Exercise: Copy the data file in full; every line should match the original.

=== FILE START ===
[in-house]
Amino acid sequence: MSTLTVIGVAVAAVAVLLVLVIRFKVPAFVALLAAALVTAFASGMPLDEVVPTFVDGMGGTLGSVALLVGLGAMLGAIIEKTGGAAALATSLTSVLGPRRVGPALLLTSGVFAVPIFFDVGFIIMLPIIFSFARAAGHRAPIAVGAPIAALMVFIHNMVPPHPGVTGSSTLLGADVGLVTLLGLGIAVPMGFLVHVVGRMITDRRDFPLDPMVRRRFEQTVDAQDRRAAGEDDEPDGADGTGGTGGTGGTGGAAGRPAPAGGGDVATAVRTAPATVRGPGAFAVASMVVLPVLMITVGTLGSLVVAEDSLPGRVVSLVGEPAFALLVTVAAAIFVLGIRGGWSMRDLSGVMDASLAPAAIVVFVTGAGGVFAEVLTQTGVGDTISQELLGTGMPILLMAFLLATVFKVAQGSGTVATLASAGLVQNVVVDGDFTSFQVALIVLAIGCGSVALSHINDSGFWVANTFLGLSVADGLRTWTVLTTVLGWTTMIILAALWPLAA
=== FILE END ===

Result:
[in-house]
Amino acid sequence: MSTLTVIGVAVAAVAVLLVLVIRFKVPAFVALLAAALVTAFASGMPLDEVVPTFVDGMGGTLGSVALLVGLGAMLGAIIEKTGGAAALATSLTSVLGPRRVGPALLLTSGVFAVPIFFDVGFIIMLPIIFSFARAAGHRAPIAVGAPIAALMVFIHNMVPPHPGVTGSSTLLGADVGLVTLLGLGIAVPMGFLVHVVGRMITDRRDFPLDPMVRRRFEQTVDAQDRRAAGEDDEPDGADGTGGTGGTGGTGGAAGRPAPAGGGDVATAVRTAPATVRGPGAFAVASMVVLPVLMITVGTLGSLVVAEDSLPGRVVSLVGEPAFALLVTVAAAIFVLGIRGGWSMRDLSGVMDASLAPAAIVVFVTGAGGVFAEVLTQTGVGDTISQELLGTGMPILLMAFLLATVFKVAQGSGTVATLASAGLVQNVVVDGDFTSFQVALIVLAIGCGSVALSHINDSGFWVANTFLGLSVADGLRTWTVLTTVLGWTTMIILAALWPLAA